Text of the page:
Spanish flag carrier Iberia is to be privatised on 22 November following the resolution of a dispute between prospective shareholder British Airways and another investor over how much voting control should be granted to the UK major.

Although BA is due to take a 9% stake in Iberia, with its oneworld ally American Airlines taking 1%, the pair had been seeking a greater degree of management and voting control than might normally be afforded by a 10% holding. BA is thought to have clashed with the bank, Caja Madrid - which is also taking 10% - over the issue, but state holding company SEPI, which controls Iberia, says this has been resolved.

SEPI chairman Pedro Ferreras says there is now "total agreement" between core shareholders, allowing the privatisation to proceed from 22 November. SEPI's 94% holding will be reduced to 54% following the disposal of shares to BA/American and the parallel sale of 30% to Spanish institutional investors.

The remaining 54% will be sold via a public offering. Iberia employees will continue to control 6% of shares, with Madrid expected to retain a "golden share" for around 10 years.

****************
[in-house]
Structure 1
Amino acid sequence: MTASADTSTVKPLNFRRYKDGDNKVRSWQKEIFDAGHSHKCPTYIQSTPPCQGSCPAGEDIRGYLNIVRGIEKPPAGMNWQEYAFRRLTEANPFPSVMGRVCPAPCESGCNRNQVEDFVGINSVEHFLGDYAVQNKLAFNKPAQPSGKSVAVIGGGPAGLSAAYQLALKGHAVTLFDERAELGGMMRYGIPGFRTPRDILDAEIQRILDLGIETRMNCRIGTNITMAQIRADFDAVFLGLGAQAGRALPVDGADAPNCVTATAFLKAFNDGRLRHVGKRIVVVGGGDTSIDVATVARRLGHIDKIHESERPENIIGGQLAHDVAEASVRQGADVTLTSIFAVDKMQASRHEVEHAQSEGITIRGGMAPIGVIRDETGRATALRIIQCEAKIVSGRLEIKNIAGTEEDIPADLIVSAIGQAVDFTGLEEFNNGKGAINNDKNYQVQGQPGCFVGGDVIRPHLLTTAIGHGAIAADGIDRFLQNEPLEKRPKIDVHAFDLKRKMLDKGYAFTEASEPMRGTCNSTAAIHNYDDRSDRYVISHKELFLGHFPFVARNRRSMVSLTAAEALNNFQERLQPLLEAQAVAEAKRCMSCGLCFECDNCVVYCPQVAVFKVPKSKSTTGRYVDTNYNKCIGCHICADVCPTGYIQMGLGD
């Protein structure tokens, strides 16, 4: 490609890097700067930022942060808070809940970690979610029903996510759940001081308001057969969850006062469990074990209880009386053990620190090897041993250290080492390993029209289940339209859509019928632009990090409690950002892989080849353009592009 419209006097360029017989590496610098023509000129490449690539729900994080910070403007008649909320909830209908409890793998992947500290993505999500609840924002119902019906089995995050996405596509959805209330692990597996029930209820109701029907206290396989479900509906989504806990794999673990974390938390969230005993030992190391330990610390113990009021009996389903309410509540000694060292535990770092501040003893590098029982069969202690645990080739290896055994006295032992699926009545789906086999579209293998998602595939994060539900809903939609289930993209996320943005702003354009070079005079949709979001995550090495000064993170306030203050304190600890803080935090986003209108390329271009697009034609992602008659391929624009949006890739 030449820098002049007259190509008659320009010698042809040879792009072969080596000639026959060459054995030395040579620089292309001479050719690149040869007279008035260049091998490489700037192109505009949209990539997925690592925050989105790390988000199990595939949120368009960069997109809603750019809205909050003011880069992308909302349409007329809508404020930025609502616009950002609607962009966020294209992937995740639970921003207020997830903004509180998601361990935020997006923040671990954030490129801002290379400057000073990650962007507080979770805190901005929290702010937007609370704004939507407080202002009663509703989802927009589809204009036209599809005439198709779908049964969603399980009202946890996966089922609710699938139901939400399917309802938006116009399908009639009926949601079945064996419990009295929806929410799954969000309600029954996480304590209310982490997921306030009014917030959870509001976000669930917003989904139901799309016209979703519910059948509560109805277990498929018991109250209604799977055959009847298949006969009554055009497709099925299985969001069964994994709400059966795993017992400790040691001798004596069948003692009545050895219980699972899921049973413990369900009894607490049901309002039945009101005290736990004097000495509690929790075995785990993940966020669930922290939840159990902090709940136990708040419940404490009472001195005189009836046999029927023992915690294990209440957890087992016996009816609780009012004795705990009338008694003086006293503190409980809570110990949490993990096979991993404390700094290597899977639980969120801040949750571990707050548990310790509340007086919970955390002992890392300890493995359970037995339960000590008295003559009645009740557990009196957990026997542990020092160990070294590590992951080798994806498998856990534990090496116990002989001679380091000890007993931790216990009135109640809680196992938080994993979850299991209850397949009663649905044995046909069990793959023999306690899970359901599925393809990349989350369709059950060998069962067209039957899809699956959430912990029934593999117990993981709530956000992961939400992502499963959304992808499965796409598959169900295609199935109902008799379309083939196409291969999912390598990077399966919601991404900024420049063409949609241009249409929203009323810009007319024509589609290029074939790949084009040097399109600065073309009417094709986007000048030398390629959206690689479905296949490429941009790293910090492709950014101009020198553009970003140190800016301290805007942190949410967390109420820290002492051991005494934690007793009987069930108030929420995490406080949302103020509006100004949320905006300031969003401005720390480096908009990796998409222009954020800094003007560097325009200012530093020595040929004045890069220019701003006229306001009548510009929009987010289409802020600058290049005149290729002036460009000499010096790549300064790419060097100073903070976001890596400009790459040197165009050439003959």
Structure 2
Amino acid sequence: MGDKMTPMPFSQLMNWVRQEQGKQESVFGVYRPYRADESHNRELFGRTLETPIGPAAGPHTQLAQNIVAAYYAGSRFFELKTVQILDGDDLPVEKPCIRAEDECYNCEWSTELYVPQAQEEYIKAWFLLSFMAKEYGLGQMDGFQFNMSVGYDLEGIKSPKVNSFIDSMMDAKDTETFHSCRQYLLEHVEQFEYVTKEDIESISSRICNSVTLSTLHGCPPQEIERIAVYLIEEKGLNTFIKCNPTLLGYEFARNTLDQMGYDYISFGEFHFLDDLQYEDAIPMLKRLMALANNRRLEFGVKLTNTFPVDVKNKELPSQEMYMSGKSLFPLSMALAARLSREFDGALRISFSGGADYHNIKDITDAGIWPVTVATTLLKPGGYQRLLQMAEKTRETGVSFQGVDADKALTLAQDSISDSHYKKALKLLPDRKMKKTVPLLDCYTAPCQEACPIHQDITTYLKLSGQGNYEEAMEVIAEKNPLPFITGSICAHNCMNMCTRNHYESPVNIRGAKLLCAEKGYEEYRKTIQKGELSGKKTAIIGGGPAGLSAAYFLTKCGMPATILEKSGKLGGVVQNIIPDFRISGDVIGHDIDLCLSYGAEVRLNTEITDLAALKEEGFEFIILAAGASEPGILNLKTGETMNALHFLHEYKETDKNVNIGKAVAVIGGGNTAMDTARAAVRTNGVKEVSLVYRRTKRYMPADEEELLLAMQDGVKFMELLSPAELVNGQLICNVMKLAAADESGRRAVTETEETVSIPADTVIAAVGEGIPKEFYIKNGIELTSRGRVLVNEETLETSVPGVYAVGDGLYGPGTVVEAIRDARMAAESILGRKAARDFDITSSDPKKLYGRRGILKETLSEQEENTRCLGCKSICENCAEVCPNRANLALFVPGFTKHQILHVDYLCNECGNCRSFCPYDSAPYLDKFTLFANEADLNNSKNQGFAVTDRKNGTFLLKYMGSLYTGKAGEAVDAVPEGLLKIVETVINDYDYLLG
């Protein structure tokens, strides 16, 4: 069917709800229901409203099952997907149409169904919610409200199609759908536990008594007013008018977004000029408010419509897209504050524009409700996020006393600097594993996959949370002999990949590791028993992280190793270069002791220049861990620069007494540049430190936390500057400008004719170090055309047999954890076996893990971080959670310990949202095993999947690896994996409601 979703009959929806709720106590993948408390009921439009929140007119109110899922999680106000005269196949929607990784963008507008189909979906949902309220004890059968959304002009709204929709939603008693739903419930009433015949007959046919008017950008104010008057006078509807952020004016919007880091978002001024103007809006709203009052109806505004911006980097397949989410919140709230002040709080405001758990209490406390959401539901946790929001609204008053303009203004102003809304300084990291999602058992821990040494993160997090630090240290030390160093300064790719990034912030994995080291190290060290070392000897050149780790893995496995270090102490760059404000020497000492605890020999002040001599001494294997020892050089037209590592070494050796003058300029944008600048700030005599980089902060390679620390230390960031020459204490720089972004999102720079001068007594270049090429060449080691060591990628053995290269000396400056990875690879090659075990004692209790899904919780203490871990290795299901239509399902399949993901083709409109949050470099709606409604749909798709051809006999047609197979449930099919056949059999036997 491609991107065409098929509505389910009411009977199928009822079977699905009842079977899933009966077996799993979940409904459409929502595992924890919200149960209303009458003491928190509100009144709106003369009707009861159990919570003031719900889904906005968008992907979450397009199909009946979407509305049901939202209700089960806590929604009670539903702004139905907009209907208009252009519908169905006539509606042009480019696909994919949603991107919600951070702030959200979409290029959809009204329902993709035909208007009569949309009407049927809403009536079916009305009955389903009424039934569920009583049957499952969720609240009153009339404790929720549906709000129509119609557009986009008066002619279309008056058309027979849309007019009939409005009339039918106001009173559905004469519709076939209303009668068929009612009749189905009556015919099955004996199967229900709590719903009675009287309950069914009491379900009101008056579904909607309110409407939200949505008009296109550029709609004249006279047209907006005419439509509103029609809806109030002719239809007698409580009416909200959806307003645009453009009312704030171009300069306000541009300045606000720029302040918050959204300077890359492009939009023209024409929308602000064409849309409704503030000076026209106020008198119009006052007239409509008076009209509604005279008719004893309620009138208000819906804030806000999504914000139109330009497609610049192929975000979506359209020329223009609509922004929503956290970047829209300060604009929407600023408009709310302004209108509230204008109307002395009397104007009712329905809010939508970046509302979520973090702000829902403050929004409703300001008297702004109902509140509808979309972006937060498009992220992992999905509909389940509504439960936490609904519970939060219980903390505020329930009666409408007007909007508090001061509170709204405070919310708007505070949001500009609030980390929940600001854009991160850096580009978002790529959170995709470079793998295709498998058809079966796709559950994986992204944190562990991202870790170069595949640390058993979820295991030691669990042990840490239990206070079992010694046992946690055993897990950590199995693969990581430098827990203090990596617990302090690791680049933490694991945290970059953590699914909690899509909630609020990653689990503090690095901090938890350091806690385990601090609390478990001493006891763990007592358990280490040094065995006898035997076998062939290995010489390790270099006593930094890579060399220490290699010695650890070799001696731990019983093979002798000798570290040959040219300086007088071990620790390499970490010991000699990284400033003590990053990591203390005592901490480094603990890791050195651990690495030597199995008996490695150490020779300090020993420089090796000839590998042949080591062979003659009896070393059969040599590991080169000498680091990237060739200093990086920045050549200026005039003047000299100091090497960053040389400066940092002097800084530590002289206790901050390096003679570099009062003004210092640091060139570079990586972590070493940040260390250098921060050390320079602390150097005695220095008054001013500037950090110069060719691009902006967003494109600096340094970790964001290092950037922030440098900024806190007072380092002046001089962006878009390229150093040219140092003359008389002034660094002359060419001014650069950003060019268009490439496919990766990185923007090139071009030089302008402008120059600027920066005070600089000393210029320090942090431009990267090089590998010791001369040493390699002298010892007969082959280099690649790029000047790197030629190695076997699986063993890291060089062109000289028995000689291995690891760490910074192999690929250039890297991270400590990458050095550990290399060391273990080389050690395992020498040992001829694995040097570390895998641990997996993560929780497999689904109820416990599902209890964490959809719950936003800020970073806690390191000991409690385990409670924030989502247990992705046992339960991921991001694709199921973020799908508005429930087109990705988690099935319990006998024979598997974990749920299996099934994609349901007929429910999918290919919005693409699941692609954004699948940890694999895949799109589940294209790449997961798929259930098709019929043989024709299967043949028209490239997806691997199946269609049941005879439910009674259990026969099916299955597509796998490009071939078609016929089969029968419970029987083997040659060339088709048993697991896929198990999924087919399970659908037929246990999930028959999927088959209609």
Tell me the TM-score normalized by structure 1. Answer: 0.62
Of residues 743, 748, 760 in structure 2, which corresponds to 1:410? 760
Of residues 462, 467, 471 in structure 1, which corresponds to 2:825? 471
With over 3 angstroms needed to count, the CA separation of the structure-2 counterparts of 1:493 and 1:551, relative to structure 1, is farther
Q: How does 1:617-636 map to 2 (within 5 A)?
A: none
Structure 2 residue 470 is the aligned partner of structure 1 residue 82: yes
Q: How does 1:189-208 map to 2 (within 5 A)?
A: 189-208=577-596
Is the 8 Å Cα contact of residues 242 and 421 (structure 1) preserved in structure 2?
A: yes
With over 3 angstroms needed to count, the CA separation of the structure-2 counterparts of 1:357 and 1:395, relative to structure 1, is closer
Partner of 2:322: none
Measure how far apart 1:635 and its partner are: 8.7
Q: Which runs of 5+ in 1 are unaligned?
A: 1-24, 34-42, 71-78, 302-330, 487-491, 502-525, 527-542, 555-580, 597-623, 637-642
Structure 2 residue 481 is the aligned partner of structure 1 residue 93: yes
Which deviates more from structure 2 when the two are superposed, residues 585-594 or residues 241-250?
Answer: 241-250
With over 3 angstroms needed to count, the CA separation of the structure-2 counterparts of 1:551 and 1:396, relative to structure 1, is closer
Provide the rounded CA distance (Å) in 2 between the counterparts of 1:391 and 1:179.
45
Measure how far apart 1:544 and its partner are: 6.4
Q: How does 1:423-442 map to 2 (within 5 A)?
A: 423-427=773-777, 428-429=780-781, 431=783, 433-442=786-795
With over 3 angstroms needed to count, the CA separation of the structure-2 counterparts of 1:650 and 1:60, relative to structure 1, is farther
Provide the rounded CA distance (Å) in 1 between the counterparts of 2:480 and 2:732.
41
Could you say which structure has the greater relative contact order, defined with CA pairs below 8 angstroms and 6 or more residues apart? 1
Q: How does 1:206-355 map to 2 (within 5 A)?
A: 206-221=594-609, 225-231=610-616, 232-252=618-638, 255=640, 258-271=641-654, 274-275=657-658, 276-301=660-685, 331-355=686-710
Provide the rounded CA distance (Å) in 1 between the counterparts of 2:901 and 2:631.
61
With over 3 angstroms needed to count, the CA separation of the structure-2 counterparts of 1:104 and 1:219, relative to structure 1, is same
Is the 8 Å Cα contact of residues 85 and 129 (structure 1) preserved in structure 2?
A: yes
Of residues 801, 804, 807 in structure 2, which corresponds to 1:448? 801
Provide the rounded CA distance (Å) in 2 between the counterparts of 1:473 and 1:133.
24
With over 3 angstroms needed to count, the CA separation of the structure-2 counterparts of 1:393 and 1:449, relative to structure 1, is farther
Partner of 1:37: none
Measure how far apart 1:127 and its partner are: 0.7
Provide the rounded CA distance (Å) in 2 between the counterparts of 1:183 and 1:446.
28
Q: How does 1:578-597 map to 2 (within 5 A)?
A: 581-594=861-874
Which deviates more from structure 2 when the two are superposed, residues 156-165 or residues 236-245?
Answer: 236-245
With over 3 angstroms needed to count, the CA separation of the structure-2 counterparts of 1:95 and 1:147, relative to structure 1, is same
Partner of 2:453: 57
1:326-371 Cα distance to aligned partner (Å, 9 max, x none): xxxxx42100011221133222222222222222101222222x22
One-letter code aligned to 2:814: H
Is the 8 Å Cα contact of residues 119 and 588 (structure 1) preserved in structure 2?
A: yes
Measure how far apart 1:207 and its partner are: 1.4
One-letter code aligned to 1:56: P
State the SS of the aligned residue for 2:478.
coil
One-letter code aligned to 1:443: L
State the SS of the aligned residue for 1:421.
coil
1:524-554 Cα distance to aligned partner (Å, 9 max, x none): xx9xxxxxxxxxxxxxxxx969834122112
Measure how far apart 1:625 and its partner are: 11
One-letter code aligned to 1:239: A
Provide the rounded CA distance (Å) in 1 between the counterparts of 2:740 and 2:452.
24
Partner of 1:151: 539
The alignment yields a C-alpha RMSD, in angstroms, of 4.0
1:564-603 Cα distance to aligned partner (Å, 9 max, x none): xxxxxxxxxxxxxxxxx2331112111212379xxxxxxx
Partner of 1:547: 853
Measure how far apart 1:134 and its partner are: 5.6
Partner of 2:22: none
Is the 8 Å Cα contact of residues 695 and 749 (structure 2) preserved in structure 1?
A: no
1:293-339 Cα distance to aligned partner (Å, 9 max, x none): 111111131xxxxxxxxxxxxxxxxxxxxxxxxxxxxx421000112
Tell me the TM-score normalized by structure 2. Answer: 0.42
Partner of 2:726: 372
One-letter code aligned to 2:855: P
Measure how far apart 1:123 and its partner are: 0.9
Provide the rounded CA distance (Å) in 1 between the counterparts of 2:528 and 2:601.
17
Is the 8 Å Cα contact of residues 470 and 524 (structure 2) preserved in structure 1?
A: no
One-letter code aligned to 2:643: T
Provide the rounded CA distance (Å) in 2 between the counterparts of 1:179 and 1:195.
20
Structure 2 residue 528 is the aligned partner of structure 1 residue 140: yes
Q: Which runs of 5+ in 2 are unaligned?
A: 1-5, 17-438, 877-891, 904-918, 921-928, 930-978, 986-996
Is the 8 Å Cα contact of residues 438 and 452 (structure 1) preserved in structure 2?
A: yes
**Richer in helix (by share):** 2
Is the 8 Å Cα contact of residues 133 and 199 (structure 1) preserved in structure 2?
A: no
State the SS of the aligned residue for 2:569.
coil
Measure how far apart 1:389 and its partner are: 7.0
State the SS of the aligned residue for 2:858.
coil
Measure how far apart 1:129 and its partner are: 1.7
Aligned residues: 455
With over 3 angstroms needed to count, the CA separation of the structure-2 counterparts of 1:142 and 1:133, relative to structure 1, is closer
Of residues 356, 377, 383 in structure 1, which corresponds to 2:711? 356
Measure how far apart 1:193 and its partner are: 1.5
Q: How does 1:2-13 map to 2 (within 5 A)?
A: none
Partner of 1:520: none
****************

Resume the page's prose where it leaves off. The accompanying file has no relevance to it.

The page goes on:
With Iberia's membership of oneworld cemented, Star Alliance leader Lufthansa has expanded its partnership with the country's second largest carrier, Spanair, which is 49%-owned by Star member SAS. They will codeshare between Germany and Spain and on domestic routes. Palma de Mallorca-based Spanair also has codeshares with Star heavyweight United Airlines.

Lufthansa is also looking at co-operation with Spanair in maintenance, cargo, catering and pilot training.

Spain's number three carrier, Air Europe, has reportedly held talks with the so-called "Wings" alliance and with Air France/Delta.

• KLM is looking at establishing a joint venture airline with Norway's Braathens, of which it owns 30%. Braathens has been losing money in the highly competitive Scandinavian market, and this may have been a factor in the new move.

Source: Flight International